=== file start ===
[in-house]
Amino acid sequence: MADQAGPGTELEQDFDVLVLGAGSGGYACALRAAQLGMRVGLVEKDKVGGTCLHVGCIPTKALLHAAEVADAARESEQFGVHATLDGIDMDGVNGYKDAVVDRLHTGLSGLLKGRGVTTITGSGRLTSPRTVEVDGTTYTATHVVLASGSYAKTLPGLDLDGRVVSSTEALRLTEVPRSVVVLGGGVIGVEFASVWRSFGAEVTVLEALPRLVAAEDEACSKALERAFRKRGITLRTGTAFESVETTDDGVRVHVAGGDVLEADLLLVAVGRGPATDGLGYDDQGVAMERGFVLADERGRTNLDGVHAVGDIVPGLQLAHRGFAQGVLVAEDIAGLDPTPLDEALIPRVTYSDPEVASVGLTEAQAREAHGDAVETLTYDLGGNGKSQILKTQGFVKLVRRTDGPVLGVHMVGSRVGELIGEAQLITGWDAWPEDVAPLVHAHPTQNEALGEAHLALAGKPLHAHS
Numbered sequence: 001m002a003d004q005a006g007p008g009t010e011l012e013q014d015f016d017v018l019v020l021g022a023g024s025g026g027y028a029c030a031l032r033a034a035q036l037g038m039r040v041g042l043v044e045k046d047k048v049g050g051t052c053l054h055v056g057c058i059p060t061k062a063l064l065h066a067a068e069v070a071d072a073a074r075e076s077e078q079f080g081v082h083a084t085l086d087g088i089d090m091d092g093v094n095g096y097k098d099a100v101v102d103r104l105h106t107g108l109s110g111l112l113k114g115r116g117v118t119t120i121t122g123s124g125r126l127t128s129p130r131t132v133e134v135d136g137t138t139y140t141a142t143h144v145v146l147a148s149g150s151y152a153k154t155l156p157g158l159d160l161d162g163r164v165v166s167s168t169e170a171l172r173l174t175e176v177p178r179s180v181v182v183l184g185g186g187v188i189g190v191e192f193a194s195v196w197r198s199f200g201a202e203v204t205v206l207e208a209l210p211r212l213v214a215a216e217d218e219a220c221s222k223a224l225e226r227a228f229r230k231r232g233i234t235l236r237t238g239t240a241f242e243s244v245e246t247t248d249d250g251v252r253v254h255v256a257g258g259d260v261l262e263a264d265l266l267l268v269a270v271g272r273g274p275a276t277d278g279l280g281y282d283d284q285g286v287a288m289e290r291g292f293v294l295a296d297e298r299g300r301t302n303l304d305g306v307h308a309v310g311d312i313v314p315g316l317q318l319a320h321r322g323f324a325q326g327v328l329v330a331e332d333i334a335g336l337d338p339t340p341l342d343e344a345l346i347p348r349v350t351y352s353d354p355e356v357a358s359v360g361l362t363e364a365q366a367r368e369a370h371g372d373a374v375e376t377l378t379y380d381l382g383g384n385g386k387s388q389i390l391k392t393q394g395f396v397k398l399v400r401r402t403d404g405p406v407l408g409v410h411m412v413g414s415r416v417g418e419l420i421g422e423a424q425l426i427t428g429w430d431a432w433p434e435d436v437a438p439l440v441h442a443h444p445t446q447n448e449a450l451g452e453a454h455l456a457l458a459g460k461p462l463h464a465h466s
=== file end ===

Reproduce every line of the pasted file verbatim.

[in-house]
Amino acid sequence: MADQAGPGTELEQDFDVLVLGAGSGGYACALRAAQLGMRVGLVEKDKVGGTCLHVGCIPTKALLHAAEVADAARESEQFGVHATLDGIDMDGVNGYKDAVVDRLHTGLSGLLKGRGVTTITGSGRLTSPRTVEVDGTTYTATHVVLASGSYAKTLPGLDLDGRVVSSTEALRLTEVPRSVVVLGGGVIGVEFASVWRSFGAEVTVLEALPRLVAAEDEACSKALERAFRKRGITLRTGTAFESVETTDDGVRVHVAGGDVLEADLLLVAVGRGPATDGLGYDDQGVAMERGFVLADERGRTNLDGVHAVGDIVPGLQLAHRGFAQGVLVAEDIAGLDPTPLDEALIPRVTYSDPEVASVGLTEAQAREAHGDAVETLTYDLGGNGKSQILKTQGFVKLVRRTDGPVLGVHMVGSRVGELIGEAQLITGWDAWPEDVAPLVHAHPTQNEALGEAHLALAGKPLHAHS
Numbered sequence: 001m002a003d004q005a006g007p008g009t010e011l012e013q014d015f016d017v018l019v020l021g022a023g024s025g026g027y028a029c030a031l032r033a034a035q036l037g038m039r040v041g042l043v044e045k046d047k048v049g050g051t052c053l054h055v056g057c058i059p060t061k062a063l064l065h066a067a068e069v070a071d072a073a074r075e076s077e078q079f080g081v082h083a084t085l086d087g088i089d090m091d092g093v094n095g096y097k098d099a100v101v102d103r104l105h106t107g108l109s110g111l112l113k114g115r116g117v118t119t120i121t122g123s124g125r126l127t128s129p130r131t132v133e134v135d136g137t138t139y140t141a142t143h144v145v146l147a148s149g150s151y152a153k154t155l156p157g158l159d160l161d162g163r164v165v166s167s168t169e170a171l172r173l174t175e176v177p178r179s180v181v182v183l184g185g186g187v188i189g190v191e192f193a194s195v196w197r198s199f200g201a202e203v204t205v206l207e208a209l210p211r212l213v214a215a216e217d218e219a220c221s222k223a224l225e226r227a228f229r230k231r232g233i234t235l236r237t238g239t240a241f242e243s244v245e246t247t248d249d250g251v252r253v254h255v256a257g258g259d260v261l262e263a264d265l266l267l268v269a270v271g272r273g274p275a276t277d278g279l280g281y282d283d284q285g286v287a288m289e290r291g292f293v294l295a296d297e298r299g300r301t302n303l304d305g306v307h308a309v310g311d312i313v314p315g316l317q318l319a320h321r322g323f324a325q326g327v328l329v330a331e332d333i334a335g336l337d338p339t340p341l342d343e344a345l346i347p348r349v350t351y352s353d354p355e356v357a358s359v360g361l362t363e364a365q366a367r368e369a370h371g372d373a374v375e376t377l378t379y380d381l382g383g384n385g386k387s388q389i390l391k392t393q394g395f396v397k398l399v400r401r402t403d404g405p406v407l408g409v410h411m412v413g414s415r416v417g418e419l420i421g422e423a424q425l426i427t428g429w430d431a432w433p434e435d436v437a438p439l440v441h442a443h444p445t446q447n448e449a450l451g452e453a454h455l456a457l458a459g460k461p462l463h464a465h466s